16 January 2019
Fewer than a quarter of people are happy with the visibility of police officers in their communities, according to a new report.
Derbyshire Police Federation chair Tony Wetton said he was not surprised by the research and called on the Government to provide extra funding to improve policing services.
More than 17,000 people were interviewed for the Public Perceptions of Policing in England and Wales survey carried out on behalf of Her Majesty’s Inspectorate of Policing and Fire & Rescue Services.
It highlighted concerns around the visibility of officers with fewer than one in four being happy with how often they had seen a police officer in the previous three months.
Tony said: “This report confirms what everyone in policing has been saying for some time now. Cuts to policing budgets have affected the service we can provide. The Police Federation has been warning the Government that our communities would suffer and it would now seem that the public are noticing the lack of officers on their streets.”
It is the fourth time that this survey has been undertaken with the results, which were published on Thursday, providing a snapshot of public opinion.
The report concluded that more than 60 per cent of people are satisfied with their local police – an increase from 53 per cent last year – and that almost three quarters of people felt that police respond effectively to 999 calls.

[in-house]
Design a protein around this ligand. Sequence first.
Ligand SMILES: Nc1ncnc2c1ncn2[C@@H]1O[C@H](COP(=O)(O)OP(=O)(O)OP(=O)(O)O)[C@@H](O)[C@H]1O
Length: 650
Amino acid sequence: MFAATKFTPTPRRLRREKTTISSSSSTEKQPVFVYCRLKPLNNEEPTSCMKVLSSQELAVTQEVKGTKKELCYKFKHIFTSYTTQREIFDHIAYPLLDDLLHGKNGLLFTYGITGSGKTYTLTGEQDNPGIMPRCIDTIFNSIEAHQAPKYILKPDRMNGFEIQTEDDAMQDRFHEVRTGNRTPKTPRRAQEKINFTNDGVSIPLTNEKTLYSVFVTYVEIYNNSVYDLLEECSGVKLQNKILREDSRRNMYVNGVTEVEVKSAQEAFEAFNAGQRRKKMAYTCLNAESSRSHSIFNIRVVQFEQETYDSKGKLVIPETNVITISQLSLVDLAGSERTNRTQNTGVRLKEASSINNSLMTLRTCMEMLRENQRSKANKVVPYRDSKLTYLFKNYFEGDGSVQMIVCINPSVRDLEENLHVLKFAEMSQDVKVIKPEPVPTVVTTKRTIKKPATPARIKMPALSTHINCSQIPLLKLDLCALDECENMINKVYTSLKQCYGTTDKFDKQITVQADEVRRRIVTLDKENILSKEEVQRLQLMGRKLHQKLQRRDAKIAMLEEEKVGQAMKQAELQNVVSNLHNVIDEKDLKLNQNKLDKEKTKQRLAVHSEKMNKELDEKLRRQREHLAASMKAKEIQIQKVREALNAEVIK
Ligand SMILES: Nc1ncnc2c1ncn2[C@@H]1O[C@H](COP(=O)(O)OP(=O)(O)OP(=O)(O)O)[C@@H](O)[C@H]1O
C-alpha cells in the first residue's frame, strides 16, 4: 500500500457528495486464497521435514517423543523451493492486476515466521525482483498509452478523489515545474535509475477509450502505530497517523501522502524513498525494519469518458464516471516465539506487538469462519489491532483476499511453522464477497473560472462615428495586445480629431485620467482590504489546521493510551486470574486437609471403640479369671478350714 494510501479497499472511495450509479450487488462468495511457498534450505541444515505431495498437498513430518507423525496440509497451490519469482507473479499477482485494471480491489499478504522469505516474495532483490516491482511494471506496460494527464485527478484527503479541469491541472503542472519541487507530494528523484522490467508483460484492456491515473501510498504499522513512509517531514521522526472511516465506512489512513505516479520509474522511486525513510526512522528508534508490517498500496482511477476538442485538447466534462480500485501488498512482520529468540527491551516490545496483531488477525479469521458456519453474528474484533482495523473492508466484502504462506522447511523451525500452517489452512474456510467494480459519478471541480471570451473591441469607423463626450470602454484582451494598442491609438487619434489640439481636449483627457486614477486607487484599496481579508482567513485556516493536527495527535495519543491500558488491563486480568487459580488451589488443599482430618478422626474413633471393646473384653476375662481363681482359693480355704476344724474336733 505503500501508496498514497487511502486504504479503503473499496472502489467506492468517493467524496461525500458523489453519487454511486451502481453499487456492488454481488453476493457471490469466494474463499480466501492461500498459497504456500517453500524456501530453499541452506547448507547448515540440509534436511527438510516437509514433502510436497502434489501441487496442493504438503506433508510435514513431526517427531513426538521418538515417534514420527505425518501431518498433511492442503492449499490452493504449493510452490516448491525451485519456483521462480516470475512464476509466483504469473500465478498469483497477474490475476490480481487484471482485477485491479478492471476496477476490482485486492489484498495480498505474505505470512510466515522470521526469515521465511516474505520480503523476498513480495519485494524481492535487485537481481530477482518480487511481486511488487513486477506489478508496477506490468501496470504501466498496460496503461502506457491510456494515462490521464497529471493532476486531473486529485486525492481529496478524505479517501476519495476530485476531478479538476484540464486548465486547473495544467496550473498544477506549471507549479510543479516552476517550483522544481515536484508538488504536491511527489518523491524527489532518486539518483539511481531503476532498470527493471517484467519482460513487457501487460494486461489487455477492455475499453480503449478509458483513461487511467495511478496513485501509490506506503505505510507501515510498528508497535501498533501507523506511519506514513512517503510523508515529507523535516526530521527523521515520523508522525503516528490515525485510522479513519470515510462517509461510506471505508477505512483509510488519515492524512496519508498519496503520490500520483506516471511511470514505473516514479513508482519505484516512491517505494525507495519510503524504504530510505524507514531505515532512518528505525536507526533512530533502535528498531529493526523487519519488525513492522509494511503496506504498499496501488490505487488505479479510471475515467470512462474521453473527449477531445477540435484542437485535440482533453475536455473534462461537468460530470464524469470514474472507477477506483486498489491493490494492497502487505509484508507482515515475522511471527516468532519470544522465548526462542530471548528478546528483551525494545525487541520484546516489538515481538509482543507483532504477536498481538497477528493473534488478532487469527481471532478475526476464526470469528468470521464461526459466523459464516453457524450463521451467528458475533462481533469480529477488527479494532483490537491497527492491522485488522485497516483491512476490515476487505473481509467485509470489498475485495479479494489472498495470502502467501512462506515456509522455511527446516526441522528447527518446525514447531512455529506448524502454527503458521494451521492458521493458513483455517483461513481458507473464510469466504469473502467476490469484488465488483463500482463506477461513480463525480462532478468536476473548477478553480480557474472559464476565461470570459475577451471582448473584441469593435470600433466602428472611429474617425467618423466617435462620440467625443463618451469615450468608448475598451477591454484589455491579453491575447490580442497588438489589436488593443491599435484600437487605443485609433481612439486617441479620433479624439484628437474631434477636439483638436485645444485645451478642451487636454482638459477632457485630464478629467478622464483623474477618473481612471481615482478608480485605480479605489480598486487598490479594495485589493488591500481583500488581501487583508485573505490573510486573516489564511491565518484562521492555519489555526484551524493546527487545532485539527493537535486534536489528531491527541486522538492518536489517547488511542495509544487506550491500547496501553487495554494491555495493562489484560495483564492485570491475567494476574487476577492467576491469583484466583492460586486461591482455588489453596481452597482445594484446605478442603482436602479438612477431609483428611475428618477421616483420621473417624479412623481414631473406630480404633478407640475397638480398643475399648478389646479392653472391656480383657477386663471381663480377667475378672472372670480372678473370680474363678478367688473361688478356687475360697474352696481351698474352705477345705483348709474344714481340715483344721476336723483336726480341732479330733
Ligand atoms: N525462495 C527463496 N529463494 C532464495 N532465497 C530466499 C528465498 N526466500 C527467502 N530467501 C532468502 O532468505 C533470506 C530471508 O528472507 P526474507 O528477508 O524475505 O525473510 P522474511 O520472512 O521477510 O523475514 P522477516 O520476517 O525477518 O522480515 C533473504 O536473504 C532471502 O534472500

Two thirds of those surveyed also felt that their local police treated people fairly and with respect. The research also revealed that almost two thirds of people who had had contact with a police officer in the previous year were satisfied with the way were dealt with.
National Federation chair John Apter has echoed Tony’s views: “This research provides an important insight into how the public view the police service. The results are reassuring that the majority of people still support policing and the difficult job we do. The police service has lost almost 22,000 officers since 2010 and, while we are doing all we can to provide the best service to the public, the consequences of the cuts are increasingly evident to the communities we serve.”
He added: “The statistics around the lack of visibility of police officers is not surprising when you consider our neighbourhood and response teams have been cut back to the bone. However, it is heartening that the public recognise the issues we are facing and continue to support us despite these challenges.
“Our communities deserve better - and we want to deliver - but in order to do that we need an immediate and significant, centrally-funded investment from the Government, without this my colleagues will struggle to provide the service they joined up to provide.”
The survey also revealed that 42 per cent of people believed stop and search is used appropriately, however, 29 per cent admitted they did not know enough about it to be able to answer the question.
The national chair said: “Stop and search is a legitimate and effective tool in the fight against serious and violent crime and the public we serve deserve to be informed to help them understand its role in modern policing.”